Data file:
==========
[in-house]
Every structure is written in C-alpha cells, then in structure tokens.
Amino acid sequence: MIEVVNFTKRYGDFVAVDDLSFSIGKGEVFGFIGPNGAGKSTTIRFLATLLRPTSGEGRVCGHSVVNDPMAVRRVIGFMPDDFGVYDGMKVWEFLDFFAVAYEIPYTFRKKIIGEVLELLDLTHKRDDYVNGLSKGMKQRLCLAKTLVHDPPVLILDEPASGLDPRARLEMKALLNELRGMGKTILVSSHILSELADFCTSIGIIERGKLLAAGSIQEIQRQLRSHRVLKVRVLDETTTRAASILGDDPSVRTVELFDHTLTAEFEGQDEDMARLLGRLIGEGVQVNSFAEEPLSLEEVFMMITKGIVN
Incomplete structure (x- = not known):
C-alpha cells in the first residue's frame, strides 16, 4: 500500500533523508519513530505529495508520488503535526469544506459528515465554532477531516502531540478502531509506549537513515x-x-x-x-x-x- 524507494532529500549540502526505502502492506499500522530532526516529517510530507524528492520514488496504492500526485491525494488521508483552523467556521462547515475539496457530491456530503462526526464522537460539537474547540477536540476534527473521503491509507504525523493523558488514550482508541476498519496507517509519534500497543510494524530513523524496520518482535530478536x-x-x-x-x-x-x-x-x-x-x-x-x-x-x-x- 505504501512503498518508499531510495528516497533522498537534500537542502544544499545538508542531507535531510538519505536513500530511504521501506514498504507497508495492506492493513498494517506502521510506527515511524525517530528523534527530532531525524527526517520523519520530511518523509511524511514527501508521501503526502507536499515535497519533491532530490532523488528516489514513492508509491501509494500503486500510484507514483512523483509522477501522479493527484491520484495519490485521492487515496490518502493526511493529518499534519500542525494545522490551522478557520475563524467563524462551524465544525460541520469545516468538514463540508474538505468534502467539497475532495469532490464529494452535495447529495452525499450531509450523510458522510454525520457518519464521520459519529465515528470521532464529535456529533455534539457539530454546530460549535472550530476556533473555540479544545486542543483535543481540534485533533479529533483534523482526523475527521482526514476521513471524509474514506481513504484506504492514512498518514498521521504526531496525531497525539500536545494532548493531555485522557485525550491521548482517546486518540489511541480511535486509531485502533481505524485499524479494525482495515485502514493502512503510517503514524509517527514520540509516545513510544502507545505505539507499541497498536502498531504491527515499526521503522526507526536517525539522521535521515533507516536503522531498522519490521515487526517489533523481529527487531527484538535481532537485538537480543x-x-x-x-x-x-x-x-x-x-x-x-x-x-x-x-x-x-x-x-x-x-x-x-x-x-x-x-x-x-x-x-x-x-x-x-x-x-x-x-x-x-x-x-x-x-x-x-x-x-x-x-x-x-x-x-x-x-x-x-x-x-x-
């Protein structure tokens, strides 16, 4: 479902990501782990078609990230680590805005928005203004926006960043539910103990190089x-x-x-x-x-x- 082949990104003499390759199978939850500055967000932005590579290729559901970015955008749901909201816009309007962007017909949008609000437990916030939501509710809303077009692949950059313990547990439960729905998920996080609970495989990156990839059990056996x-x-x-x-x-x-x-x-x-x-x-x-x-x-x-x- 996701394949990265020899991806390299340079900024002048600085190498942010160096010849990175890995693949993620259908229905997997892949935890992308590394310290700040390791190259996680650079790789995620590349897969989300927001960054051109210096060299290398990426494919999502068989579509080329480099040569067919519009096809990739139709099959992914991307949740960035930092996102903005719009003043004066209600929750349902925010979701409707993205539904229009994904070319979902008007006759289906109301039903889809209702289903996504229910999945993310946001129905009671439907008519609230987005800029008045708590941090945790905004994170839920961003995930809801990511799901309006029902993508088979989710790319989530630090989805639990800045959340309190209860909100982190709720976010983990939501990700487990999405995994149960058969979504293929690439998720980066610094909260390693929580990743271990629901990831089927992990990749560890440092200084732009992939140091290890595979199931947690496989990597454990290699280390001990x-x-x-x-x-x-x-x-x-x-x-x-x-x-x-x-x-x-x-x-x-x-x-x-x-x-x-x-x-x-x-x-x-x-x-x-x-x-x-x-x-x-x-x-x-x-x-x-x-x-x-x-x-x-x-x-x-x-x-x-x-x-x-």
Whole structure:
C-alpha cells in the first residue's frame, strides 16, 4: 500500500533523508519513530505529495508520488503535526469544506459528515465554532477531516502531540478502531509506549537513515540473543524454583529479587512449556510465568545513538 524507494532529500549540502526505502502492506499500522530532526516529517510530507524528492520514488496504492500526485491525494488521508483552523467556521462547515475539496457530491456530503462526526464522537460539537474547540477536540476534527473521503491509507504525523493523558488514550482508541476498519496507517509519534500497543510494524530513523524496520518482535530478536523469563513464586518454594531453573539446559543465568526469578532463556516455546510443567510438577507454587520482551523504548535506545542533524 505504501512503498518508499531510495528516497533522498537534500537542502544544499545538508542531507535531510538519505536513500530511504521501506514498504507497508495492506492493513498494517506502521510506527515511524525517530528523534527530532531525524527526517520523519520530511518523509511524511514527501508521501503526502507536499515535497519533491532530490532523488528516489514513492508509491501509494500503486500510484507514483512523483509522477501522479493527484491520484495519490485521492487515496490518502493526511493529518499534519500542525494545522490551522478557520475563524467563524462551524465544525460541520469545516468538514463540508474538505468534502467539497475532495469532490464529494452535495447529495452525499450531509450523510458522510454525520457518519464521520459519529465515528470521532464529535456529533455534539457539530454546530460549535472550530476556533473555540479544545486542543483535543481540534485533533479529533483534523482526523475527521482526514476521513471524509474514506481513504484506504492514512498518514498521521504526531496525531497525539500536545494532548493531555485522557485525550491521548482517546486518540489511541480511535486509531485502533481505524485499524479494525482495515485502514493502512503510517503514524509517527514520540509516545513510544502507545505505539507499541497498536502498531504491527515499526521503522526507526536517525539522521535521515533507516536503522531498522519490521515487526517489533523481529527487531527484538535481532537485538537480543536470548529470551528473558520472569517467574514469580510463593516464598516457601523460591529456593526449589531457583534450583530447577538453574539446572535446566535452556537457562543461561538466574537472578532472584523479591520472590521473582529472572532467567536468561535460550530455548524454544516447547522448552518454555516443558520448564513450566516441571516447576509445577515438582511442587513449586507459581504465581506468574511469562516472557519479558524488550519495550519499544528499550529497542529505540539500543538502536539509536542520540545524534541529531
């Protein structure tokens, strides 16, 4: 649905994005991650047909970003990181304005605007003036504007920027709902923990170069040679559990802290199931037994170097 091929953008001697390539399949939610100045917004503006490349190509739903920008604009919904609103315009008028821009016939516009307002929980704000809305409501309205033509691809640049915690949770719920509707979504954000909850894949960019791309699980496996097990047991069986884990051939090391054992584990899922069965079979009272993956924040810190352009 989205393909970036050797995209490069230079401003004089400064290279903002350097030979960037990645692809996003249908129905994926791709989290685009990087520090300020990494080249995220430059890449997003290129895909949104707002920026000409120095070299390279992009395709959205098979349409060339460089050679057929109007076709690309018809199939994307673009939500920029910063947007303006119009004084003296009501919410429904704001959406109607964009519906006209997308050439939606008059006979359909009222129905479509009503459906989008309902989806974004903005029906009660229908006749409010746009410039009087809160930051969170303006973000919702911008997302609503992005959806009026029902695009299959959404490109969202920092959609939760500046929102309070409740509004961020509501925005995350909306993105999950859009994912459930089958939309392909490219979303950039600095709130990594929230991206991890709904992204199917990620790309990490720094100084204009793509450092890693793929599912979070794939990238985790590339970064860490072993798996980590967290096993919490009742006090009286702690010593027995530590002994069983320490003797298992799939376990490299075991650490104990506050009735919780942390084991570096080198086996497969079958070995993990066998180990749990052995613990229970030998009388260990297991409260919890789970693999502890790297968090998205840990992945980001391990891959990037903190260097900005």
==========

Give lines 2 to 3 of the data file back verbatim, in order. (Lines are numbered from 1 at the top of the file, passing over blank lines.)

Every structure is written in C-alpha cells, then in structure tokens.
Amino acid sequence: MIEVVNFTKRYGDFVAVDDLSFSIGKGEVFGFIGPNGAGKSTTIRFLATLLRPTSGEGRVCGHSVVNDPMAVRRVIGFMPDDFGVYDGMKVWEFLDFFAVAYEIPYTFRKKIIGEVLELLDLTHKRDDYVNGLSKGMKQRLCLAKTLVHDPPVLILDEPASGLDPRARLEMKALLNELRGMGKTILVSSHILSELADFCTSIGIIERGKLLAAGSIQEIQRQLRSHRVLKVRVLDETTTRAASILGDDPSVRTVELFDHTLTAEFEGQDEDMARLLGRLIGEGVQVNSFAEEPLSLEEVFMMITKGIVN